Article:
by Flo Gelo
Nella, my forty-eight-year-old mother, sits at the edge of the bed. Her legs hang over the side, her feet cool as she likes them. The white, shiny, threadbare bed sheet, aged from hundreds of hot-water washes in steam boilers, lays tangled across her lap. Her dry callused feet reveal the circular indentation on the right side of her heel. I want to lift her, embrace her tightly and carry her from this bed to another time, before.
A similar late summer day, forty-two years earlier, the air is hot and humid. There are no ceiling fans to circulate the air in this
Brooklyn row house. Nella, age six, hugs her beloved "Dr.
Seuss" and lifts herself onto the pillow that her mother uses to cushion
her elbows when she leans out on the windowsill to talk with neighborhood
friends. Nella clumsily lifts her legs over the pillow to face outward, sliding
down and turning to sit on the fire escape balcony. Admonished that she should
not lean against the open crate of ripe red plum tomatoes that sits on the
floor of the fire escape, she defies all warning, as is her nature. She leans
too far, her body tipping. Her tiny arm reaches but her fingertips slip from
the iron step ladder that leads upward to the next landing. She begins
to fall, grabs instead the edge of the wooden crate. Time stops. The child
falls through the well-hole opening in the balcony floor and plummets past the
grape arbor—two flights until impact.
A tangled bundle lays in a heap on the hot cement. The slender canopy of Elm, motionless against a cloudless sky, provides scant shade for the fire rescue team that lifts and transports Nella to the Brooklyn Hospital Center that will be her home for many months to come. What is blood and flesh and what is plum tomato are indistinguishable. The child does not open her eyes. The nurse quickly removes Nella's clothing and washes away both blood and tomatoes to reveal cuts and bruises to her right side and swelling on her forehead and eye. Her knee has a large, deep gash. They clean her wounds with saline gauze and disinfect with iodine. A limp and twisted foot dangles from her tiny ankle.
Nella's mother sits in the waiting room. She learns that her daughter will survive this fall but may never walk again unaided. Nella's right knee is dislocated. Her right ankle is broken, she has a growth plate fracture extending to the lower end of the tibia and her heel bone is shattered. She is in surgery. The doctor will maneuver the broken bones into approximate alignment and cast her leg and foot in place to hold the bones in their correct position. Nella will remain in the hospital for several months so that her doctor can monitor her recuperation, treat inflammation and prevent infection.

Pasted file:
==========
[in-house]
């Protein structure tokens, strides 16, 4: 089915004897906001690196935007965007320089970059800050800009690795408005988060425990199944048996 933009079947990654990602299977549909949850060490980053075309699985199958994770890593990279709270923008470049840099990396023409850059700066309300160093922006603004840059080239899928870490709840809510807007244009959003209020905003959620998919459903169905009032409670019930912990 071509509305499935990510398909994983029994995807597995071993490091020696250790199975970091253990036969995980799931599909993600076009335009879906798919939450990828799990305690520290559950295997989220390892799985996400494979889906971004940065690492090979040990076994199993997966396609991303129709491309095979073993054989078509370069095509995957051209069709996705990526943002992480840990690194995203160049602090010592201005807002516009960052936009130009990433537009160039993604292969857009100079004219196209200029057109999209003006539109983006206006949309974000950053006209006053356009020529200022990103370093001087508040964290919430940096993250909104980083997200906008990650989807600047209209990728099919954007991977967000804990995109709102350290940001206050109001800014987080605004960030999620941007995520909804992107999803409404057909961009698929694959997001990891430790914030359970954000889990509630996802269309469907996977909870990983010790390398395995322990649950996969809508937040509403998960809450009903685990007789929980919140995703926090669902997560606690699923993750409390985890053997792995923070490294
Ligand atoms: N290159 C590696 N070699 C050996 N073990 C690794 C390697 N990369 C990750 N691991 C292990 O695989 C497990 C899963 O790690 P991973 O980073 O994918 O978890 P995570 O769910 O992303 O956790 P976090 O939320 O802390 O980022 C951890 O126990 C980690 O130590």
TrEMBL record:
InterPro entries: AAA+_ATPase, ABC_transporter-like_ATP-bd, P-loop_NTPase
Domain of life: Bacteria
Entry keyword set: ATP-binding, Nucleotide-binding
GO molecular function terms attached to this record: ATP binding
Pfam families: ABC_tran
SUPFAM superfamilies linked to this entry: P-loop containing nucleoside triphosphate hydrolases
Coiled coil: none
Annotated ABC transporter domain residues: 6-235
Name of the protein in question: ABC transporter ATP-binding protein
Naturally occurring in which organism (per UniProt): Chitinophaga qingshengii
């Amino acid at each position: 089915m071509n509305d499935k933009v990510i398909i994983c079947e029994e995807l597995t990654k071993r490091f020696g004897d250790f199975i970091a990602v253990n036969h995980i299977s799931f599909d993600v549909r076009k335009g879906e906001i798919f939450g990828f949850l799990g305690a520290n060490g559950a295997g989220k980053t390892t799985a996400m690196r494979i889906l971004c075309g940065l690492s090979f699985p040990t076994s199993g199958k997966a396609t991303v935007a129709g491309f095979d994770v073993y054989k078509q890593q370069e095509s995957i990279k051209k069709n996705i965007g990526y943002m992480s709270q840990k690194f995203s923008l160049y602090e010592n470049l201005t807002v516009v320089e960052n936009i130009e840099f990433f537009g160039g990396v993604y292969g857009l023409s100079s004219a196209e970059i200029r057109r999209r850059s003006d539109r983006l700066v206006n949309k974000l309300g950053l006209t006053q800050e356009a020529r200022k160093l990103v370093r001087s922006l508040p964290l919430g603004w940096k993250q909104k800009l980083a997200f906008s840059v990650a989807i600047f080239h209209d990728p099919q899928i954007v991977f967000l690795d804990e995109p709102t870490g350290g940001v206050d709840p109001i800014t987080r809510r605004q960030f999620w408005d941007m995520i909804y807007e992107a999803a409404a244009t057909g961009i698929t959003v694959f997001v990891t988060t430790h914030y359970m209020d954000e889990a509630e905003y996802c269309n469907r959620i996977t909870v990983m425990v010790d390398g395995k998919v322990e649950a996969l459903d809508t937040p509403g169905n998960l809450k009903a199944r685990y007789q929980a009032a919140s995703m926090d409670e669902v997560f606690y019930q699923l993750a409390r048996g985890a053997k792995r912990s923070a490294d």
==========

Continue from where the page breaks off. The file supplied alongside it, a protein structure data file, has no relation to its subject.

Months later a flood lamp brightens the center of a large amphitheater as Nella awkwardly stands, assisted by wooden crutches. News reporters are present and flashbulbs pop as Dr. G describes in detail the innovative surgical procedures that allowed this young child to bear weight and possibly walk again. I imagine her then, anxious and weary but happy to be in the spotlight on this day of her seventh birthday— happier still when a large round frosted cake is carried into the room. The cake is held by young nurses wearing white hats and holding multicolor balloons. The next day, Nella's wide eyes and smile are captured on the front page of The Brooklyn Beacon. In a smaller photograph, Dr. G. accepts an award in recognition of this monumental surgical success.
Today, I see my mother as she sits on her bed tangled in sheets and fear. No photographer seeks her picture, no doctor stands in the bright light of triumph. Ten years of living with and fighting cancer are coming to an end. A miracle no longer awaits her, only fleeting moments of comfort and fragile hope. Now I am the child falling through an opening, plunging from a great height, waiting for the impact.
Flo Gelo was born in Brooklyn, New York where she lived until her early teens. She has published a series of stories about growing up on Madison Street. This story reflects on the last days of her mother’s life. In hindsight, Flo’s mother’s illness and dying were formative and influenced Flo’s professional life. She has published numerous articles in professional journals about illness, death, and dying.